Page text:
The following is a brief introduction to Apache's htaccess file for web application deployment, distribution, or implementation on shared hosting environments.
The Apache htaccess file is not new; however it seems to only be used by more advanced Apache users and web application developers. This article aims to to point one on the right path to learn about htaccess and Apache directives by outlining how I have used and have seen Apache's htaccess file used in the real world.
It is assumed the reader is familiar with Apache and has a basic understanding of Apache configuration. The latter part of the article assumes a basic familiarity with PHP configuration directives.
2. What is an Apache htaccess file?
The Apache webserver is powerful. There are many ways to configure Apache depending on your goals.
An htaccess file allows one to make Apache configuration changes on a per directory basis.
You can develop your site with custom configuration options and deploy it without problems on another similarly configured Apache server without the need to have direct access to the Apache configuration file (httpd.conf).
To create a htaccess file, simply create a file called ".htaccess" in directory accessible through Apache and thats it! And note, in unix like operating systems, files that begin with "." are hidden.
You can now enter directives directly into the file.
3. When should I use htaccess for deployment?
If you are deploying a web application on a dedicated server, htaccess may not be the best solution. You should customize your Apache configuration file for your specific application and centralize its configuration. making these easier to maintain, However; if you are writing applications for distribution, such as open source web applications, or are working on a shared hosting, or multiple application deployment environment, htaccess may be the best solution for you.
With Apache's htaccess file, you do not have to worry as much about your application breaking while moving to deployment environments. An example many PHP programmers may be familiar with are the PHP magic_quotes directives. These directives are what is responsible for slashes that magically seem to appear, or disappear. A knowledge of magic quotes, or lack of them, is very important as the lack of adding escape characters it is a security risk leading to many SQL injection attacks, the most common security hole is database applications. I will provide some links to SQL injection attack descriptions at the end of this article.
Other things that may be done with htaccess files are as follows:
- Username/Password protection of site directories.
- Disallowing the display of directory contents without an index page.
- Modifying the file types that are allowed to be accessed through the web.
- Setting configuration options for web scripting languages such as PHP (overwriting php.ini)
- Specifying new file types and file type handling.
- Adding new content types
- Blocking specific address from accessing your server.
Many, many more useful things can be done with htaccess. It is recommended you take a browse through the Apache configuration directives, referenced below.
To use htaccess files, the server first must allow support for them.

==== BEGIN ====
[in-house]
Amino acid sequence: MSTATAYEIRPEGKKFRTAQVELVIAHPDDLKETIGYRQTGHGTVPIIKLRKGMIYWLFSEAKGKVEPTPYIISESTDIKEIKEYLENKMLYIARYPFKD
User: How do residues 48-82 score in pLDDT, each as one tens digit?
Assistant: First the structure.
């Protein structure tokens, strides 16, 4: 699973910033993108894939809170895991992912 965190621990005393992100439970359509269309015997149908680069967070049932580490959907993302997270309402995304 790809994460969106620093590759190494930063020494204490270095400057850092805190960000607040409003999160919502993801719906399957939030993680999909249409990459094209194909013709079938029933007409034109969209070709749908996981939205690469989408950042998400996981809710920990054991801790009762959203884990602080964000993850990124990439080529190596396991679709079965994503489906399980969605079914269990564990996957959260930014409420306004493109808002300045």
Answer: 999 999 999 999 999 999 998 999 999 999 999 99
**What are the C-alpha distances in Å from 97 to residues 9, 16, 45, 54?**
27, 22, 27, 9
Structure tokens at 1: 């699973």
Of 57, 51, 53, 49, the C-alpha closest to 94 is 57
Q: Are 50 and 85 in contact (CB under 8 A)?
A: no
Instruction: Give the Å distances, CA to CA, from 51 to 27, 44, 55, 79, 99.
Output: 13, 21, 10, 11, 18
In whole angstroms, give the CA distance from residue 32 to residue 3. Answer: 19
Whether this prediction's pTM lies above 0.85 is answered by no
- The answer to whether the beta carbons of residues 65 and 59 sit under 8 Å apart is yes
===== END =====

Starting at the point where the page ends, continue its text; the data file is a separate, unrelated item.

The most common problem why htaccess files do not work is because the AllowOverride directive has not been set for document path directory. This option is only set in the the Apache configuration file (httpd.conf). If your htaccess file doesn't seem to work, contact your local administrator and ask her to setup htaccess permissions for your application directory or, if you are the local system administrator, set it up by doing the setting the following:
<Directory "/path/to/my/document/root"> AllowOverride All </Directory>
Note: The AllowOverride directive has many options besides All. AllowOverride All just gives you full access to override all directives for the directory specified. If you are a system administrator, this behavior might not be what you desire. If that's the case I have provided a link to the Apache manual at the bottom of this article where you can find more information about the AllowOverride directive.
4. How can I override my PHP ini settings with htaccess?
After reading the above, you should have a better understanding of overwriting Apache configuration directives using htaccess.
Some PHP configuration options may be overwritten in the htaccess file, although not all of them.
You may find a link to the PHP configuration options at the end of this article. It also provides information on what options you can and can not modify.
You may override PHP ini settings in the htaccess files with the following directives:
note: to clear a value, set the value to "none".
php_value [configuration_option_name] [value] (only valid with PHP_INI_ALL and PHP_INI_PERDIR directives) php_flag [configuration_option_name] [on|off] (only valid with PHP_INI_ALL and PHP_INI_PERDIR directives)
Directives which can not be modified through the htaccess file may be modified through the Apache configuration file (httpd.conf) with the following php admin directives:
php_admin_value [configuration_option_name] [value] php_admin_flag [configuration_option_name] [on|off]
Here are some real world examples:
Disabling magic quotes (manual handling of escape characters):
php_flag magic_quotes_runtime off php_flag magic_quotes_sybase off php_flag magic_quotes_gpc off
Modifying the maximum file upload size:
php_value upload_max_filesize "16M"
Turning off error reporting:
php_flag display_errors off
List of PHP configuration options:
Apache 2.2 manual - http://httpd.apache.org/docs/2.2/
Apache 2.0 manual - http://httpd.apache.org/docs/2.0/
Apache 1.3 manual - http://httpd.apache.org/docs/1.3/
SQL Injection Information:
This work is licensed under a Creative Commons Attribution-NonCommercial-ShareAlike 2.5 License.